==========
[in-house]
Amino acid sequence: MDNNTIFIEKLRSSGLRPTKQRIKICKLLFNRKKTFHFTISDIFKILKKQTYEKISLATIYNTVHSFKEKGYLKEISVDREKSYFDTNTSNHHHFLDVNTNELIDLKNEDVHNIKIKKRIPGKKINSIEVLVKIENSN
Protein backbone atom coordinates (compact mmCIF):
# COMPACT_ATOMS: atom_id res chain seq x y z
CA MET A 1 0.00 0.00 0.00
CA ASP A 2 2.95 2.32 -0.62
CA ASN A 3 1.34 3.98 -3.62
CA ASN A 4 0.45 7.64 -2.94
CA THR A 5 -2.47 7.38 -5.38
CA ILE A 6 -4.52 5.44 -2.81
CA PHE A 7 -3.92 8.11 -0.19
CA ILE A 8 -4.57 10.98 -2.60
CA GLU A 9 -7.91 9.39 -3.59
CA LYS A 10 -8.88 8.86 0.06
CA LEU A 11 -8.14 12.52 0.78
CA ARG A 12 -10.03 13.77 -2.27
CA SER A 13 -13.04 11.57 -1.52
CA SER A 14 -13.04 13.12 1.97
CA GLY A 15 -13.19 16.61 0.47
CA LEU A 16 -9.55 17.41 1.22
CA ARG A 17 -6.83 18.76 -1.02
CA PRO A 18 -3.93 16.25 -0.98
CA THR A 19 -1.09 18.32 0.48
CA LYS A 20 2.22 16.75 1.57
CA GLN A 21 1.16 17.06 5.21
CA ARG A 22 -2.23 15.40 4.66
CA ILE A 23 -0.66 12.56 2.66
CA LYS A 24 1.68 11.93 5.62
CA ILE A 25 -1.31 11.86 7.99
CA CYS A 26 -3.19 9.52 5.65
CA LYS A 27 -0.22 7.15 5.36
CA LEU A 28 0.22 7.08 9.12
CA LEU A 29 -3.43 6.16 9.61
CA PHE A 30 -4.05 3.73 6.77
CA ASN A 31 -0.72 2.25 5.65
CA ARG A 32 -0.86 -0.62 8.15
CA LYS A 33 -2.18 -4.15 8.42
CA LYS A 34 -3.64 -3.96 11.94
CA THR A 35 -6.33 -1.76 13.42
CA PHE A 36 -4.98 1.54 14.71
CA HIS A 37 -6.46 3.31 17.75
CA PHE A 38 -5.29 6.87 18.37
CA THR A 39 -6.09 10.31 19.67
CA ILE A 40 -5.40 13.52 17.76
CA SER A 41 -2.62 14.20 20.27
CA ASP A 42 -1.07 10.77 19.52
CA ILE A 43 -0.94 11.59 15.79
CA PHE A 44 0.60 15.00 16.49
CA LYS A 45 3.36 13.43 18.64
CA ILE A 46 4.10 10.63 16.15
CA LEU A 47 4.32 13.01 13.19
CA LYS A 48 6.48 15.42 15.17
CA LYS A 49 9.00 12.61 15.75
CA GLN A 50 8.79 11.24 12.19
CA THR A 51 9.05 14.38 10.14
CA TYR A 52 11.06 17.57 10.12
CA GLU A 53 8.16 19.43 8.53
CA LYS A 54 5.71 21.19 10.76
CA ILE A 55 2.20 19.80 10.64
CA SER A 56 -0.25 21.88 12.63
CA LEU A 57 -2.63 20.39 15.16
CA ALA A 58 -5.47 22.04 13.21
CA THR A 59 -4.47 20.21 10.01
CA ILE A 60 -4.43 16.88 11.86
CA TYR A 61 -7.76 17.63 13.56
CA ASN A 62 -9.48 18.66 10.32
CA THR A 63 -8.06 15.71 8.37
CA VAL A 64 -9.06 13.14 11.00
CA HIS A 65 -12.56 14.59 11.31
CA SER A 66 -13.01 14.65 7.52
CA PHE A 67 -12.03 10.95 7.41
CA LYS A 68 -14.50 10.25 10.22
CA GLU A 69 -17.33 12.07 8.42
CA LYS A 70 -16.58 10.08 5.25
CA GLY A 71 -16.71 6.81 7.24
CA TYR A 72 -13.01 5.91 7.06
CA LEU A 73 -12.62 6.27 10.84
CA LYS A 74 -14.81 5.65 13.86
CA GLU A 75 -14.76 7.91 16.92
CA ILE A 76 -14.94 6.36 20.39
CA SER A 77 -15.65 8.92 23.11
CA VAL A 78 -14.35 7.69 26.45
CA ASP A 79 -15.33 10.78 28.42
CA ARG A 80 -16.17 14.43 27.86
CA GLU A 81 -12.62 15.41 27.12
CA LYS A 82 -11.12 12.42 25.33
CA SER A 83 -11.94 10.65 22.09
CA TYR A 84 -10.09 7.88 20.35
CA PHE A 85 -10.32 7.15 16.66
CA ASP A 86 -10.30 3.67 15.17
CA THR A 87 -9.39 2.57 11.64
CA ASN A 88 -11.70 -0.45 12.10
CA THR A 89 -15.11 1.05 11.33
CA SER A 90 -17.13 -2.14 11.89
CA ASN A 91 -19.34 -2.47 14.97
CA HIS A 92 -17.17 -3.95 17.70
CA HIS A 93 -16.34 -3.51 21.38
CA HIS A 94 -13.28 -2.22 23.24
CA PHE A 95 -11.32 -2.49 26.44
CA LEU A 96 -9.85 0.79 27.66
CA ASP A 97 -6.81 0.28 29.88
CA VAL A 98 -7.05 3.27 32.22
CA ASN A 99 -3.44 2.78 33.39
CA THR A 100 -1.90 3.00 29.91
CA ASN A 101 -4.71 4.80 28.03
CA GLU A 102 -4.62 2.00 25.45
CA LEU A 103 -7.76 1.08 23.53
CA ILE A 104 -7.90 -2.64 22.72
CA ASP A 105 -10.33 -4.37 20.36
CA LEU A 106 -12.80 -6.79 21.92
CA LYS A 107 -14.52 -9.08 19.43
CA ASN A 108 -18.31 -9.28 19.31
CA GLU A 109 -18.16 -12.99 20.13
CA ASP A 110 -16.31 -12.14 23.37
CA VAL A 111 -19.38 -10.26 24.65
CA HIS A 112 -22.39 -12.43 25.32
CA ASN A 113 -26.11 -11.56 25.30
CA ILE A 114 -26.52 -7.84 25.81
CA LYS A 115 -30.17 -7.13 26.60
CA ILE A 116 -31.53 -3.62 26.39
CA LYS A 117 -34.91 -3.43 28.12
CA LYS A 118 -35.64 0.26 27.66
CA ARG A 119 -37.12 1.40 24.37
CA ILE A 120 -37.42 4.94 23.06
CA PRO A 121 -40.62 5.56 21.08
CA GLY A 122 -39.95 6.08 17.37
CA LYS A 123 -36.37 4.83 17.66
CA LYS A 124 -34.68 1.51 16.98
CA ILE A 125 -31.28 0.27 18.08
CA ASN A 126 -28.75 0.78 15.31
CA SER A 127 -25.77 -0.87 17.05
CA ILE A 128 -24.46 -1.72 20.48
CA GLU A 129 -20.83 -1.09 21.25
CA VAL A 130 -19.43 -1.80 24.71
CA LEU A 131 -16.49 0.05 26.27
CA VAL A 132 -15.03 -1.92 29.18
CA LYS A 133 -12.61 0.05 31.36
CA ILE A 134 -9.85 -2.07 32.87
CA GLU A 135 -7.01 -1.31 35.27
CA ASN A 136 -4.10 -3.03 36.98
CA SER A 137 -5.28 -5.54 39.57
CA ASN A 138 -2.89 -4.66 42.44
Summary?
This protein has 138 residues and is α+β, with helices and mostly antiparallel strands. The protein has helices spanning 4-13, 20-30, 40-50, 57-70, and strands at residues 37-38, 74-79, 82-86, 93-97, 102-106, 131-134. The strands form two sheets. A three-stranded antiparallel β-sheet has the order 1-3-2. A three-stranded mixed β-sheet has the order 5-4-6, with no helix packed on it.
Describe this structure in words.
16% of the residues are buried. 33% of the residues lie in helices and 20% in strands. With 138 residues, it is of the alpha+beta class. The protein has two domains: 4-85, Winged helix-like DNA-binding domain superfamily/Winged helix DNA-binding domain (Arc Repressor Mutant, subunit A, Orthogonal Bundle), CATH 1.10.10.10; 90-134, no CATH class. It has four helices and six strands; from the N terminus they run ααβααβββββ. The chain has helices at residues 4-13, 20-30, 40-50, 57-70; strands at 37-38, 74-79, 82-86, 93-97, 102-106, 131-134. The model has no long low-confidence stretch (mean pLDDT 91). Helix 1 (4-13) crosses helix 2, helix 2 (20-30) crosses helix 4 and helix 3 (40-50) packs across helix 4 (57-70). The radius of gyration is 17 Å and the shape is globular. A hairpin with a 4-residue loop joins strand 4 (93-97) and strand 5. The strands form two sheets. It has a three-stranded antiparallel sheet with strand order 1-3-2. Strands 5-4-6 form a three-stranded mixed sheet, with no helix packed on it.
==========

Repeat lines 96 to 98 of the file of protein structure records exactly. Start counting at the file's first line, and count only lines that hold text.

CA HIS A 92 -17.17 -3.95 17.70
CA HIS A 93 -16.34 -3.51 21.38
CA HIS A 94 -13.28 -2.22 23.24